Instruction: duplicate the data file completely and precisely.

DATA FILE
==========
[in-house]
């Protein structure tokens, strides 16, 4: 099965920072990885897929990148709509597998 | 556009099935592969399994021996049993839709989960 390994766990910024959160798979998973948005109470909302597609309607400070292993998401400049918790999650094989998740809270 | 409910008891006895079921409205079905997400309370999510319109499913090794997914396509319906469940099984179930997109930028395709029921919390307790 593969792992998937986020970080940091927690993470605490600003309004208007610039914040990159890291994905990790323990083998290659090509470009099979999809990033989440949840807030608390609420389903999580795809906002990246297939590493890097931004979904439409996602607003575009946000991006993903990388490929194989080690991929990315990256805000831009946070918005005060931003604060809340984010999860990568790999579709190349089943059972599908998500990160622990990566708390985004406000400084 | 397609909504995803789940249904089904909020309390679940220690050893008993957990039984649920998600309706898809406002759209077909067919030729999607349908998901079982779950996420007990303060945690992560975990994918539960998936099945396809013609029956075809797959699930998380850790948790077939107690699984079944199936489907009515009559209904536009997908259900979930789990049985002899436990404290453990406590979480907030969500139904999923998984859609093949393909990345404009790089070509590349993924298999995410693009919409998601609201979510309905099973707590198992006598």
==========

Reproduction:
[in-house]
């Protein structure tokens, strides 16, 4: 099965920072990885897929990148709509597998 | 556009099935592969399994021996049993839709989960 390994766990910024959160798979998973948005109470909302597609309607400070292993998401400049918790999650094989998740809270 | 409910008891006895079921409205079905997400309370999510319109499913090794997914396509319906469940099984179930997109930028395709029921919390307790 593969792992998937986020970080940091927690993470605490600003309004208007610039914040990159890291994905990790323990083998290659090509470009099979999809990033989440949840807030608390609420389903999580795809906002990246297939590493890097931004979904439409996602607003575009946000991006993903990388490929194989080690991929990315990256805000831009946070918005005060931003604060809340984010999860990568790999579709190349089943059972599908998500990160622990990566708390985004406000400084 | 397609909504995803789940249904089904909020309390679940220690050893008993957990039984649920998600309706898809406002759209077909067919030729999607349908998901079982779950996420007990303060945690992560975990994918539960998936099945396809013609029956075809797959699930998380850790948790077939107690699984079944199936489907009515009559209904536009997908259900979930789990049985002899436990404290453990406590979480907030969500139904999923998984859609093949393909990345404009790089070509590349993924298999995410693009919409998601609201979510309905099973707590198992006598």